Overlapping and Underlapping Toes
Foot deformities can not only be unsightly and embarrassing, but also cause significant discomfort. Abnormalities such as overlapping and underlapping toes are often seen in pediatric patients. While there is no known direct cause for this problem, it is generally attributed to hereditary foot structures. In some cases, it is believed to develop when babies have limited space in the womb and the toes become crowded, and in others improper footwear could have aggravated the problem. Despite not finding a particular cause to focus on, we still have very effective ways of treating this toe deformity. The differences between underlapping and overlapping are subtle but important to understand.
This type of deformity commonly affects the fourth and fifth toes and is seen in adults and children alike. There is a special type of underlapping toes called congenital curly toes, which is commonly seen among families. In this case, the third, fourth and fifth toes can be affected. An imbalance within the small muscles of the foot can abnormally pull the ligaments of the toes, causing them to curl and be forced underneath the adjacent toes. Improper footwear can also cause the underlapping to worsen over time.
This is when one toe lies on top of an adjacent toe and the fifth or second toes are the most common ones affected. It is thought that the position of the baby in the womb can lead to this deformity, and it may run in families. A severe bunion deformity can also push the second toe to overlap on top of the third toe.
Any type of pain or discomfort in the toes should be given prompt attention and treatment. Ignoring your symptoms can aggravate the condition, cause a breakdown of tissue, and lead to infection and significant discomfort. When symptoms are minimal, the first step is often to eliminate all sources of pressure. This can be accomplished by wearing shoes that have ample room in the toe box, both in depth and width. When toes are flexible, treatments such as toecaps, straighteners and combs are effective treatment options. With children, stretching and taping can help, but recurrence of the deformity is common. There may also be specific exercises that can keep your toes from becoming more fixed in place.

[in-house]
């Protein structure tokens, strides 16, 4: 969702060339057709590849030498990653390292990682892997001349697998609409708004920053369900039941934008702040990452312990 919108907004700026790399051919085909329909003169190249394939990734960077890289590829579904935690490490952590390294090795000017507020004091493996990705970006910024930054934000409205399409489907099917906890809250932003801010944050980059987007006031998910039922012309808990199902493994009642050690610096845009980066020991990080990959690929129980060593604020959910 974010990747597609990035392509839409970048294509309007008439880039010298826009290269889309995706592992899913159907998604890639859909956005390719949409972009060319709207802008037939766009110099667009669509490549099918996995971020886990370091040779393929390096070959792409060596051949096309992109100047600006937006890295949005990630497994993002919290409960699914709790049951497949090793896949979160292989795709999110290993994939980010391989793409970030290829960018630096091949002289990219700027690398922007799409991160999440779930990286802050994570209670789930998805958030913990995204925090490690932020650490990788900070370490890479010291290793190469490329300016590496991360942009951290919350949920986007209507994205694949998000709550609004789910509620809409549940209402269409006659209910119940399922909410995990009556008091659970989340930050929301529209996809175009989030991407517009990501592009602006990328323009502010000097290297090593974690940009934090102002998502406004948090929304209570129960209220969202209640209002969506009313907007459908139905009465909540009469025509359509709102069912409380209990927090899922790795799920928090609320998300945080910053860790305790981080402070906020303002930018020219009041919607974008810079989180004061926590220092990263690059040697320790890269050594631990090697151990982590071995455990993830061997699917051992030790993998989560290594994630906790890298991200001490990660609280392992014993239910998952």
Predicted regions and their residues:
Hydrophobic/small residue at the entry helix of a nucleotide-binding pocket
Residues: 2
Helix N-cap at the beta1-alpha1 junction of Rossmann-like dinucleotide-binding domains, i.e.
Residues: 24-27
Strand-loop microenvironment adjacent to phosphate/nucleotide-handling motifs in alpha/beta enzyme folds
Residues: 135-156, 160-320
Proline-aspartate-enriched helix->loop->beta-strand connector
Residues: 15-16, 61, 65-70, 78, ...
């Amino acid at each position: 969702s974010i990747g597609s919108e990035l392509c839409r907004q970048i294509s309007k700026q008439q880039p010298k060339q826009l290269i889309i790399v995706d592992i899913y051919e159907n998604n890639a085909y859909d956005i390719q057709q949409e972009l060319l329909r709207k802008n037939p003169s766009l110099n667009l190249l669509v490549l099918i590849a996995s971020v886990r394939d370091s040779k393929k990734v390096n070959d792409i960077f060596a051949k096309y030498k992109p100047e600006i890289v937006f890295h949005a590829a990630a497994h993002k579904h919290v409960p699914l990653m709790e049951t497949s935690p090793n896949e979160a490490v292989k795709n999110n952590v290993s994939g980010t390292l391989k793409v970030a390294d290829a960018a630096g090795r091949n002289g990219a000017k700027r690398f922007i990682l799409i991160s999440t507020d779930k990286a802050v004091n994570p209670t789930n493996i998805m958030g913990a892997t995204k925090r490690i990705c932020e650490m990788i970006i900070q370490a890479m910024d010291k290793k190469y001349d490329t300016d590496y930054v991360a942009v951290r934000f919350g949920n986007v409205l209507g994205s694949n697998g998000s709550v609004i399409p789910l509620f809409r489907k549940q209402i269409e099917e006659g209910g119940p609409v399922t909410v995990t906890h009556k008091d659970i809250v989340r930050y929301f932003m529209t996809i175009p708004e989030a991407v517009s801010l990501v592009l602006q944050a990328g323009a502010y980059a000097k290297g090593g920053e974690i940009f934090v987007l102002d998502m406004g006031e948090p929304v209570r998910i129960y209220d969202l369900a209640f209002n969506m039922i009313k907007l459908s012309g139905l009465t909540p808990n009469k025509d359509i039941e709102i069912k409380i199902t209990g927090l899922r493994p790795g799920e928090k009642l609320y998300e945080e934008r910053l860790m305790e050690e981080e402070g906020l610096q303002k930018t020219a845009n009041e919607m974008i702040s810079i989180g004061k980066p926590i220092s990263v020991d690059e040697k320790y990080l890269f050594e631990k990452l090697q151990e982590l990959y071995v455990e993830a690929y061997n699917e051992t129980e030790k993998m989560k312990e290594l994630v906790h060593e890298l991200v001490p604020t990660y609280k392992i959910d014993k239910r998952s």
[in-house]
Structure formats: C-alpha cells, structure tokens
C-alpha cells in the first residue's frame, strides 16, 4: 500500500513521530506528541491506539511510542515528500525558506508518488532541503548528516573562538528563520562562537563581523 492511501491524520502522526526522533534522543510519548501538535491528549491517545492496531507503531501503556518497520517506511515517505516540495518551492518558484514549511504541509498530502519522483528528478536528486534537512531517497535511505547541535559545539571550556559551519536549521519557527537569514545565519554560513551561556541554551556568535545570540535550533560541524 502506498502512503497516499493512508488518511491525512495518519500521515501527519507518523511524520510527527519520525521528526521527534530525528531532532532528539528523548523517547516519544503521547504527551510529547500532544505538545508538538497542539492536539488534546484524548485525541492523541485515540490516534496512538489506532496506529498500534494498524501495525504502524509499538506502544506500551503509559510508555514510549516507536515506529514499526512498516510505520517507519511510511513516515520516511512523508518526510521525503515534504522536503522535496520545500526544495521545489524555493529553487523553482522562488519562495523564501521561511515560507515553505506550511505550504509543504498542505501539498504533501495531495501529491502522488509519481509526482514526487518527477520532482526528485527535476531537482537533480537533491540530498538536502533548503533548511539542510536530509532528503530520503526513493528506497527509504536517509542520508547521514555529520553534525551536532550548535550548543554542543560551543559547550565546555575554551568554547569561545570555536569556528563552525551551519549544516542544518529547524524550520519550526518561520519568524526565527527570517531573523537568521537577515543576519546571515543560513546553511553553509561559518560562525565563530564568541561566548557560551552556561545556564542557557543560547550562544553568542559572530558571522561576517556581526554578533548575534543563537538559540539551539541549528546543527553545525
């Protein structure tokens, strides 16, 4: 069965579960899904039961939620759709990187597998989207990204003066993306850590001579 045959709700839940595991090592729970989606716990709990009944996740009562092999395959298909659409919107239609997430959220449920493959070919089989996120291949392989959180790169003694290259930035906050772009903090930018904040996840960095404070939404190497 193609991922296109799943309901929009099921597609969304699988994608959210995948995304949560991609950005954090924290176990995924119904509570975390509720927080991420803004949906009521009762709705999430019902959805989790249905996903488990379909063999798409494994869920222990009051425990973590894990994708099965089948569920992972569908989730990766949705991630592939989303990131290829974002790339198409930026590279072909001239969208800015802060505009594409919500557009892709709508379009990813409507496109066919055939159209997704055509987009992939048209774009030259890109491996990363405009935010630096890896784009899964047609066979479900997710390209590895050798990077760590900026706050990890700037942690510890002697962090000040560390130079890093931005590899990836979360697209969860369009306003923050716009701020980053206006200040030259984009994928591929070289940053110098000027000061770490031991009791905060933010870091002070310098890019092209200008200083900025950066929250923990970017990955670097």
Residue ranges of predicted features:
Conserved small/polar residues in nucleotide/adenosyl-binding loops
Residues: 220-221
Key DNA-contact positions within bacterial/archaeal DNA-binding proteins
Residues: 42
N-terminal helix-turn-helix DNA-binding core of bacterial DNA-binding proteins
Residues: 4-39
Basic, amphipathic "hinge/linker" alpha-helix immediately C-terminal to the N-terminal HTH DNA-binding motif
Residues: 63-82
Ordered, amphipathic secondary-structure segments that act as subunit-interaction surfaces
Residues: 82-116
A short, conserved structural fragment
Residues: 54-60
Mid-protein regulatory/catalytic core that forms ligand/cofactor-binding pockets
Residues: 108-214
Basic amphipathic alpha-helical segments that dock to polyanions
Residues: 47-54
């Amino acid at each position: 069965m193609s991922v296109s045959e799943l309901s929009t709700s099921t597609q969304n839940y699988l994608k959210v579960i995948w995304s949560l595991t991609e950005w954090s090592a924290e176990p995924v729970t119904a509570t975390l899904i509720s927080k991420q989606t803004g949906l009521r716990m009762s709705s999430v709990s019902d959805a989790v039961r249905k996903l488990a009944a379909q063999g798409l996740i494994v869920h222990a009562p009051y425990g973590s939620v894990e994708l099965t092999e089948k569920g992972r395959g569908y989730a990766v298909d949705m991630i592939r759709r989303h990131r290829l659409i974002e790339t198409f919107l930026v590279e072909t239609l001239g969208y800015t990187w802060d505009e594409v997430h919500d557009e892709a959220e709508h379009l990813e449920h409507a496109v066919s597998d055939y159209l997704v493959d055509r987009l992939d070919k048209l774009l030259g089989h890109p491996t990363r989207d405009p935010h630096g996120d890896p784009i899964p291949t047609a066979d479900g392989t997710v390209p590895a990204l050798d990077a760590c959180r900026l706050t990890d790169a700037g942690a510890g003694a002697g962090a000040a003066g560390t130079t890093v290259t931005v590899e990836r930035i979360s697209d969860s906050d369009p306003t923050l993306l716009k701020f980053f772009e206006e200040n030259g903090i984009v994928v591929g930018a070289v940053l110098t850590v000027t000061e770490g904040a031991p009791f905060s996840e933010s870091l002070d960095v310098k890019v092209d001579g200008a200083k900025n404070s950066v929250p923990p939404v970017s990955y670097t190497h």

Unfortunately, surgery is often necessary to permanently correct overlapping and underlapping toes. There are times, even when it is diagnosed and treated early, that conservative methods just do not prevent the condition from worsening. Taping and straighteners often become a temporary fix, as toes tend to revert back to their overlapped or underlapped position. The degree of your deformity will determine the surgical procedure needed. In some cases, a small release of a tendon helps the toe to realign. In more severe situations, it may be necessary to insert a pin into the toe to hold it in the correct position. When a toe is rigid, surgery may involve the removal of part of the bone to allow the toe to properly realign with the rest of the toes. Recovery can take up to six weeks. You may need to limit your activities or stay off your foot and wear a boot or cast while the toe heals.
Since these types of conditions often require surgery in order for function to be restored and symptoms alleviated, we encourage you to contact Dr. Harvey Danciger as soon as possible to prevent future pain and irritation. Call our Palm Desert, CA office at (760) 568-0108 or request an appointment online.